“Actually I’ll just go with the most recent – yesterday my whole office got off for St. Patrick’s Day and although the idea of day off was nice I realized that I would not get a day off for Juneteenth or any other major day on Black History. Even superficial industry hyped holidays don’t see my skin.history and point of view as important.”

“Years ago, I was the only Black person at a meeting of women artists & the chair/leader answered a question about who should be added to the group by saying “We don’t want to be so diverse that we can’t talk to each other.” I remember feeling very angry & wanting to gather my things & leaving. I stuck it out for a while, but I never felt comfortable with that chair.”


“Boss: ‘Are you feather or dot Indian?’ (While poking my forehead.) Little white man almost got his wig split.”

“General manager, ‘Does it seem like you and your sister are always sat with the black people?'”

“I’ve never gotten a callback when applying for jobs online. I’ve only had one job at a place that wasn’t a person of color owned business. When I was finishing up nail school I applied at a couple different salons. One in particular said ‘We don’t do nail art here.’ And now they’re sending me postcards talking about they hiring. No thanks.”

“i just got let go from a job at a restaurant (where i was the only person of color, the youngest, and for a long time the only girl) where: 

  • My manager would frequently ask me if I thought “only white people could be racist” and constantly imply that things were reverse racist. He also straight up said that he couldn’t be racist because his ex is black. (I wonder why she left him?)
  • I was told that I’m “pretty white” and “didn’t count” as Chinese.
  • When I casually mentioned that I don’t have a great relationship with my family, my manager responded with, “Is it because all Chinese people care about is money and status?”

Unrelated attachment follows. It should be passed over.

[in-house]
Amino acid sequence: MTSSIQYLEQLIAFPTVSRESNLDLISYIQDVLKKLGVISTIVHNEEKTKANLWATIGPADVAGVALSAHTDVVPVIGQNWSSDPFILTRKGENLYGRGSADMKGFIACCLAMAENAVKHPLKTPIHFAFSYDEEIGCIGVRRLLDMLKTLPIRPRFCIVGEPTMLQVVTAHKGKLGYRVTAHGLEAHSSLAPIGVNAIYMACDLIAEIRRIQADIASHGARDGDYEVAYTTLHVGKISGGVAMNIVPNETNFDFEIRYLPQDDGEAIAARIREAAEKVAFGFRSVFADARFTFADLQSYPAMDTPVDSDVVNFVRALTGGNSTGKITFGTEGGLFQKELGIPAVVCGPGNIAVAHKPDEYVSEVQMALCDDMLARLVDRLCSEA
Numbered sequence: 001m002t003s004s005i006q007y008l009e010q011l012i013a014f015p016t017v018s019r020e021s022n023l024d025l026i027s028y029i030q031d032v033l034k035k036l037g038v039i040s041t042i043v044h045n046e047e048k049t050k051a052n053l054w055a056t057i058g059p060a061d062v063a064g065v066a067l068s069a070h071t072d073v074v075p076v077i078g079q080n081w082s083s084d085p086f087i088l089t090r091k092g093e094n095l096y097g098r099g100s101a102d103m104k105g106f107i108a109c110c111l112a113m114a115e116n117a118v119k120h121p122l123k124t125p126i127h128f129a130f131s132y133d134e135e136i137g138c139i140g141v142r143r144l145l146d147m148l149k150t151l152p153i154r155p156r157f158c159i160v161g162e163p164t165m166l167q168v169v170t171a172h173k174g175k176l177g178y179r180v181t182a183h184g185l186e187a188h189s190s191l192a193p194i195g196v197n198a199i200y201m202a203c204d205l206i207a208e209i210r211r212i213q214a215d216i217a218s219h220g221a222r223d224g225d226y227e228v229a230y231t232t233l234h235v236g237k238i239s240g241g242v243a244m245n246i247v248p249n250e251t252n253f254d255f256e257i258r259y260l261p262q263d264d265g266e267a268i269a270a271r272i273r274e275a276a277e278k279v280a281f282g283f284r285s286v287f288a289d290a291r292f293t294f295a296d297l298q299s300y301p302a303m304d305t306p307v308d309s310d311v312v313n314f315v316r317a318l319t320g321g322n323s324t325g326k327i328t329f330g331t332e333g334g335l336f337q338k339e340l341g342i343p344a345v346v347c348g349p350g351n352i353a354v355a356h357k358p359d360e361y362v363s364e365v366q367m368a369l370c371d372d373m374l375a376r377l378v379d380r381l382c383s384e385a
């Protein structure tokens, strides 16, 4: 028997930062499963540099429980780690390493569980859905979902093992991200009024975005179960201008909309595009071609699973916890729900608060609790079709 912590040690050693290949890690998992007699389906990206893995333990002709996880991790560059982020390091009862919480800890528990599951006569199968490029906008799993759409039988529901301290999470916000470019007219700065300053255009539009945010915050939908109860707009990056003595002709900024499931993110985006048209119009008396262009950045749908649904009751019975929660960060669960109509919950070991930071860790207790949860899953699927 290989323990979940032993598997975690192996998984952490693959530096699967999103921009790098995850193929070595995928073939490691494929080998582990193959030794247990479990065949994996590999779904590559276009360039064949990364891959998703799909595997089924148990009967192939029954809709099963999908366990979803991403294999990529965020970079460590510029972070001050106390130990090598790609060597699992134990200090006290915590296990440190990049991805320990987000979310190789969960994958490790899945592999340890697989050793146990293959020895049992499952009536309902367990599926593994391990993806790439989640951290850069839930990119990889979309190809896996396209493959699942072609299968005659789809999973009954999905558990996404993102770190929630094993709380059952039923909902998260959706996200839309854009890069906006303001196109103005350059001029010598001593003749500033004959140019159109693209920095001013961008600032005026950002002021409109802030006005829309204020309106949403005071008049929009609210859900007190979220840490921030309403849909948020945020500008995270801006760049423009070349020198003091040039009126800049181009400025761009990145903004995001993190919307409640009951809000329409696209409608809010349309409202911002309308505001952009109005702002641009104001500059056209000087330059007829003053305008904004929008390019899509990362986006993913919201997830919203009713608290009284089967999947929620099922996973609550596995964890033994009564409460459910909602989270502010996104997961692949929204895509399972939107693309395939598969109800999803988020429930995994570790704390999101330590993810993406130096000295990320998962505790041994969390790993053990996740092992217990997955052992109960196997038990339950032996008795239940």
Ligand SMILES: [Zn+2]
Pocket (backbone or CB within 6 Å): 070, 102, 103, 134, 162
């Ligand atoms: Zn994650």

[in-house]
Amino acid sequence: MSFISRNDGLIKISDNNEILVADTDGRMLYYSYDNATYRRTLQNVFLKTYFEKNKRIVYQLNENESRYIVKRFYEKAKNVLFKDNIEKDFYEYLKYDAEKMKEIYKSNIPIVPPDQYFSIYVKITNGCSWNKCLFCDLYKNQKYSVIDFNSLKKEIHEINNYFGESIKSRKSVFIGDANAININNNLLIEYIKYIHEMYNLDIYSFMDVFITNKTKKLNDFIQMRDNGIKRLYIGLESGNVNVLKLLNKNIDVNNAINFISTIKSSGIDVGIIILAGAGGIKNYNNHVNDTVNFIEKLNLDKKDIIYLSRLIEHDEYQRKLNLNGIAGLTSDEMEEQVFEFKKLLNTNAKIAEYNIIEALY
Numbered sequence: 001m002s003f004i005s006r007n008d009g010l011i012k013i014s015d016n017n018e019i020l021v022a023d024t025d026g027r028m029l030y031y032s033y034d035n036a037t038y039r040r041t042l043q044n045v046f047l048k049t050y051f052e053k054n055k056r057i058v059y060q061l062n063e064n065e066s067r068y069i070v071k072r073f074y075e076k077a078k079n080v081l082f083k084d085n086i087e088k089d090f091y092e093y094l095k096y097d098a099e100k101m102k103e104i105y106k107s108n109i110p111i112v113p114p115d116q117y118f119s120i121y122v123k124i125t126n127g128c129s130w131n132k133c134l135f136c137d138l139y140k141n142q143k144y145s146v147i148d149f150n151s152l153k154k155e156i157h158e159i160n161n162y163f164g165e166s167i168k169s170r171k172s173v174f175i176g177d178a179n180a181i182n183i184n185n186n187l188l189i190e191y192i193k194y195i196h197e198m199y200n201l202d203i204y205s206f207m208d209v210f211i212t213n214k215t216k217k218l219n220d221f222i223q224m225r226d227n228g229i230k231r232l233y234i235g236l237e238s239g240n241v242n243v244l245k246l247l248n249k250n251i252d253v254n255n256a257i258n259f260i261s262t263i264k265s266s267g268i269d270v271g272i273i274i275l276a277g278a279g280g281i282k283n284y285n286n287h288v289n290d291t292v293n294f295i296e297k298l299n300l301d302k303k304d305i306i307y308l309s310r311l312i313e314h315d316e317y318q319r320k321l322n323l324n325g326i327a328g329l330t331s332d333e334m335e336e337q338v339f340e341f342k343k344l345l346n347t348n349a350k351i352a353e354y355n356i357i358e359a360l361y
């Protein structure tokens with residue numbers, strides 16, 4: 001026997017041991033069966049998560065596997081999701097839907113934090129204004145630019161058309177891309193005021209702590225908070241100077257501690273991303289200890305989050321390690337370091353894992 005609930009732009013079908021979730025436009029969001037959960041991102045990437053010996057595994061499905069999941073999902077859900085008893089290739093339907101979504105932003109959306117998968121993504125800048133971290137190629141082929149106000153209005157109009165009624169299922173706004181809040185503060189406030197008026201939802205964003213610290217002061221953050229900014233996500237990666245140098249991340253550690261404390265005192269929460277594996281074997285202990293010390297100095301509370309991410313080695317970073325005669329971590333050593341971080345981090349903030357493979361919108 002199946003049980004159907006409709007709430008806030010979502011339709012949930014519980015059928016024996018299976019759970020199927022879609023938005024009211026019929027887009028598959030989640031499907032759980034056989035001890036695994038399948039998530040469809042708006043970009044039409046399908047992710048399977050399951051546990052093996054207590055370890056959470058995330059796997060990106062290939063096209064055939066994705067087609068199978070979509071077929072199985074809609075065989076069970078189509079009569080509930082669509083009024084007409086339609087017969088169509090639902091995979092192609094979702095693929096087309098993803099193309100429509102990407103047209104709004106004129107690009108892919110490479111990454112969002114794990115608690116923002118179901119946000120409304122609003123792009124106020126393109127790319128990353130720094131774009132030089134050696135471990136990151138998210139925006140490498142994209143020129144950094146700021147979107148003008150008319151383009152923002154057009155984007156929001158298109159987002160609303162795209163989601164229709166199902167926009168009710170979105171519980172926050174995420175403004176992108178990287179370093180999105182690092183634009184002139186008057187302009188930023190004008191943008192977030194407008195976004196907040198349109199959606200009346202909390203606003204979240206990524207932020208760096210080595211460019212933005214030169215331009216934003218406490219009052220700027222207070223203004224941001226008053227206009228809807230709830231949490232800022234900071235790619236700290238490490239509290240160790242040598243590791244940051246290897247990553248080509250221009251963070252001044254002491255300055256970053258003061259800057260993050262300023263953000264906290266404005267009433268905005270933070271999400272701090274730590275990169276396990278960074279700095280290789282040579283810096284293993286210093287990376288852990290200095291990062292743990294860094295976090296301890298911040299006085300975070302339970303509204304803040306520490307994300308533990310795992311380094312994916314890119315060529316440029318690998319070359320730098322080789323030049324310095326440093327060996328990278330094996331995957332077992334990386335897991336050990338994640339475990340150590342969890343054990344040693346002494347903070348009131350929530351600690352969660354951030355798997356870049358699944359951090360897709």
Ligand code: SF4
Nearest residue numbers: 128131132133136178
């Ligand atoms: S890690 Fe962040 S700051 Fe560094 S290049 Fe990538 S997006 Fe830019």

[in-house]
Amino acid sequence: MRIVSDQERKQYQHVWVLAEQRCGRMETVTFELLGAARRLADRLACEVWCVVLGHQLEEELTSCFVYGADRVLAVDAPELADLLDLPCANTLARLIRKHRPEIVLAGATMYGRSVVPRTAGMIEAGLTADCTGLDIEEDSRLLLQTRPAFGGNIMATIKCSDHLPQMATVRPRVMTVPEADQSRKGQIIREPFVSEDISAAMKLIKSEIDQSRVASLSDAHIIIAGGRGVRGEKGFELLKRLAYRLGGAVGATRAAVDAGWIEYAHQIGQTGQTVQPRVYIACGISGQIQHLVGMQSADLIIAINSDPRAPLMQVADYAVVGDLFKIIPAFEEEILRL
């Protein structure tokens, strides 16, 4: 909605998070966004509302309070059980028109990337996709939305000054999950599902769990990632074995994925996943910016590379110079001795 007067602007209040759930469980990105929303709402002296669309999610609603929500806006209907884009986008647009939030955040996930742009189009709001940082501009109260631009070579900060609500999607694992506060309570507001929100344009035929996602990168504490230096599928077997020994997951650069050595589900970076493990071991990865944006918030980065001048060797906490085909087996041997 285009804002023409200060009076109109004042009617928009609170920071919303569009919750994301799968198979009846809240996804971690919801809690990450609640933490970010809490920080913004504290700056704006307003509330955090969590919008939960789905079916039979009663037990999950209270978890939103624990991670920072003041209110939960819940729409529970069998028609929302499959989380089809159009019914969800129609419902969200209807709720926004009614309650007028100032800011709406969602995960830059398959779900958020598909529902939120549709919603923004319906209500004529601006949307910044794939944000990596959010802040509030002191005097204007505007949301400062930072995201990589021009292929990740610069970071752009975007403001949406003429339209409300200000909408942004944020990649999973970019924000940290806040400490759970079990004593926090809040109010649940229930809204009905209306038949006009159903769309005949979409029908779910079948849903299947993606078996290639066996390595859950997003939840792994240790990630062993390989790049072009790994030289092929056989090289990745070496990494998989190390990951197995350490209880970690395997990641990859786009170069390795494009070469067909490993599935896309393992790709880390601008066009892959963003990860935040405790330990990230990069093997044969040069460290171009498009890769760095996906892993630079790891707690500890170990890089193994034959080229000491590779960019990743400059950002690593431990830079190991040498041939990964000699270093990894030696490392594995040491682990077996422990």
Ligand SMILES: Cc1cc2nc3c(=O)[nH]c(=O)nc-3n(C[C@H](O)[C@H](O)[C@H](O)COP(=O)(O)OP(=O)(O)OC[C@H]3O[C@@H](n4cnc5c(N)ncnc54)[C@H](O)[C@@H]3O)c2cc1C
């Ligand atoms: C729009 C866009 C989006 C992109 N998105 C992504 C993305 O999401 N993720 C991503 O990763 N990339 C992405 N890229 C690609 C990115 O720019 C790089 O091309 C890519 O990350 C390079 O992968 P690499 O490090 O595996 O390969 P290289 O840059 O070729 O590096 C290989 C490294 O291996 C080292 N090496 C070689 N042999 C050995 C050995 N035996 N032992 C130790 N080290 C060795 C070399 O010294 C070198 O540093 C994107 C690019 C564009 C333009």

• I tried to file a complaint with the owner/my boss about racist and sexist comments my coworkers made and was told to “get over it because my being upset was making everyone uncomfortable;” that i was “blowing everything out of proportion;” and that “I’m sorry you’re offended” counts as an earnest apology. Not long after my manager described me as being “oversensitive about political correctness.”
  • I tried to complain about a customer who would consistently be rude/refuse to be served by me even when all other associates were clearly serving other people, and was told by owner, “Yeah, well, he spends a lot of money here so…”
  • A customer of Chinese origin left her debit card behind and the owner and my coworker made fun of her name multiple times by pronouncing it in a really stereotypical/offensive “Chinese” accent.
  • A coworker once asked why “…some brown people wear a headdress (he meant a turban) and some just have a ball on their head.” Dude can name 10 different kinds of potatoes but he doesn’t know…